In this epic story, we follow Kihrin, an orphan who one day finds himself forced into a royal family as the prince’s long-lost son. He’s not too happy about this, especially since he is effectively trapped in this new home. But this is only one part of the whole tale, told from the perspective of Talon, a mimic (i.e., a highly deadly creature who can perfectly mimic anyone) who is guarding a present-day adult Kihrin in a jail cell.
Kihrin tells his own story, starting later in his life, about being auctioned into slavery and having things not exactly go as planned. He realizes that the stories he was told as a child aren’t exactly how things work out in real life. And that maybe he’s not the hero the prophecies speak of.
The first thing to note about this book is its structure. Told in a frame narrative way, we initially encounter a present-day Talon and Kihrin (guard and prisoner respectively) sharing stories about the latter person. They both detail just how Kihrin ended up where he is now. But while he starts with a later time in his life, Talon begins her tale of Kihrin at a much younger age. They pass a stone back and forth that records anything spoken while holding it. A third layer to this is a mysterious person taking footnotes on the stories told, adding in insightful commentary such as clarifications, disagreements, etc.
I really liked how the book was written. The footnotes were engaging and really helped add to the world-building, as well as the sense of doubt between both sides of the story. Can we really trust Talon or even Kihrin for that matter?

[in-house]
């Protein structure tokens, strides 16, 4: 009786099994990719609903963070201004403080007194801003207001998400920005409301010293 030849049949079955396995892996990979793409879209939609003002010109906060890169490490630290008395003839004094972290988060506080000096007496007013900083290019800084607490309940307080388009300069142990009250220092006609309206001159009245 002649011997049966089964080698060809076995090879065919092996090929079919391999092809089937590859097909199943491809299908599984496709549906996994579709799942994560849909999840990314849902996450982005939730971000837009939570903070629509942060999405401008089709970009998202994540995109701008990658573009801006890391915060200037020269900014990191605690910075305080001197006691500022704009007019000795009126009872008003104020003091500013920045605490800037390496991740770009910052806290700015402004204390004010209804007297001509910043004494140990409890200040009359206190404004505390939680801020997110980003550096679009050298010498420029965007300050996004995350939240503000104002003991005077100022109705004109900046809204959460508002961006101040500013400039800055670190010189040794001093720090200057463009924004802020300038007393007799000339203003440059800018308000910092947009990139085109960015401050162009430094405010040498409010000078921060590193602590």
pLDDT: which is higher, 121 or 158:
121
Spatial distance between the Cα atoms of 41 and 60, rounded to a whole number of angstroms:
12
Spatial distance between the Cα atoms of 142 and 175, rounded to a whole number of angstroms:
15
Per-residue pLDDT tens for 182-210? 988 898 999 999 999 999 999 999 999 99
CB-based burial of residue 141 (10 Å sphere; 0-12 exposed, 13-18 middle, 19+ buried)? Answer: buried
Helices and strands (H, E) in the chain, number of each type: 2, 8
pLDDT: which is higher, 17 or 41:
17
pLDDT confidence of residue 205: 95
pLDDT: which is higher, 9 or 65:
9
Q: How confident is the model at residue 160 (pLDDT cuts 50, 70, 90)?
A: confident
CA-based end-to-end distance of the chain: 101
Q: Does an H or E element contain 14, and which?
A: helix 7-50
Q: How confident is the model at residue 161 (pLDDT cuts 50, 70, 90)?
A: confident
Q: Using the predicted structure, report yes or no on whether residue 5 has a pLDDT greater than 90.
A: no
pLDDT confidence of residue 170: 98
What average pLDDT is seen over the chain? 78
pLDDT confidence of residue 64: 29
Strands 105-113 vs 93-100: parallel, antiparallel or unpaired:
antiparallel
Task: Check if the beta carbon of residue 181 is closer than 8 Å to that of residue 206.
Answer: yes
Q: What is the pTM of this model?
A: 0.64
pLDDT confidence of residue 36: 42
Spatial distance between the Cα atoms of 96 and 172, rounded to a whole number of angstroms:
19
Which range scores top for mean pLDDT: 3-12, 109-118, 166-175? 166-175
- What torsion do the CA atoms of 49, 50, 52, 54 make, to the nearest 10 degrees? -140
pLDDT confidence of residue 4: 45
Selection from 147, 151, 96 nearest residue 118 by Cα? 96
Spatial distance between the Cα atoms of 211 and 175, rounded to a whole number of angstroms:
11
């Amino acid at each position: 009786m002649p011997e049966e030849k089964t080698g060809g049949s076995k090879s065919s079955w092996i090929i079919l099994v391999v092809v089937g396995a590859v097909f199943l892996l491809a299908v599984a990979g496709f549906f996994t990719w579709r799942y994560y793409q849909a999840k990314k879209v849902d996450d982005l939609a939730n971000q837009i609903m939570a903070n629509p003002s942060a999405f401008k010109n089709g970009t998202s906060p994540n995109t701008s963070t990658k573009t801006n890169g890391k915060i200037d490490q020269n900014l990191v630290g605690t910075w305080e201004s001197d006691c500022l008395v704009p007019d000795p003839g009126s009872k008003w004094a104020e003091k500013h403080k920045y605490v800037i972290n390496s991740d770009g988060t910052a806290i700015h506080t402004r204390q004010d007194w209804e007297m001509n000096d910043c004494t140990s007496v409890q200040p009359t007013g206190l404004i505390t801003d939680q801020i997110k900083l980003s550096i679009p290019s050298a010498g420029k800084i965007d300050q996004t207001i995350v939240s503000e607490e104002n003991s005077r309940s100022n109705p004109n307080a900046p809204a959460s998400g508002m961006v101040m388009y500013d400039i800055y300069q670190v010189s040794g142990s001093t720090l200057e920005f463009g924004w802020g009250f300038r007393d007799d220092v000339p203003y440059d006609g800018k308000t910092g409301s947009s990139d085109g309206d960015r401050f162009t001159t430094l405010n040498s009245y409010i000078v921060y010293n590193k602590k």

There are two main, physical settings: the city and the island. The island was great. We learn about a culture whose patron goddess is the one of death. Seeming at first like a ruthless group who sacrifice people for evil, we soon learn of their customs and ways. What could have become another example of the “barbaric others” soon turns into a dynamic culture full of people just living their lives.
Unfortunately, I found the city itself to be pretty lackluster. It felt like a lot of other settings I’ve seen. Big city with different Houses, each lusting for political power. Small villages with bars and taverns. Bards who tell stories of the goddesses and history. While it wasn’t completely unoriginal, it was largely forgettable compared to the island. The actual world-building, though, was fascinating. The book does a great job of showing the political corruption of the Houses and how it affects the city as a whole.
Lastly, the characters. It’s interesting to see the progression that Kihrin makes from a young boy to a grown man. He is at times extremely aggravating and at others very likable (and everywhere in between). Although he is quick to make assumptions and jump to conclusions, he does eventually at least try and see things from another perspective. And then there’s Talon. She is highly manipulative and has a sense of evil-for-the-sake-of-evil about her. However, she is still a dynamic character with no shame for who she is, albeit still pretty unlikable. I don’t want to say too much, since part of the fun is slowly uncovering more about her.
Overall, this book features a great story structure, world-building, and characters. The bonds that Kihrin forms were wonderful to read about. There is a hint of romance, but the relationships largely focus on familial ones and friendships. While I didn’t find the world itself to be terribly unique or inventive, the way the story was told definitely makes this a book to check out.
(I received an e-ARC from the publisher via NetGalley.)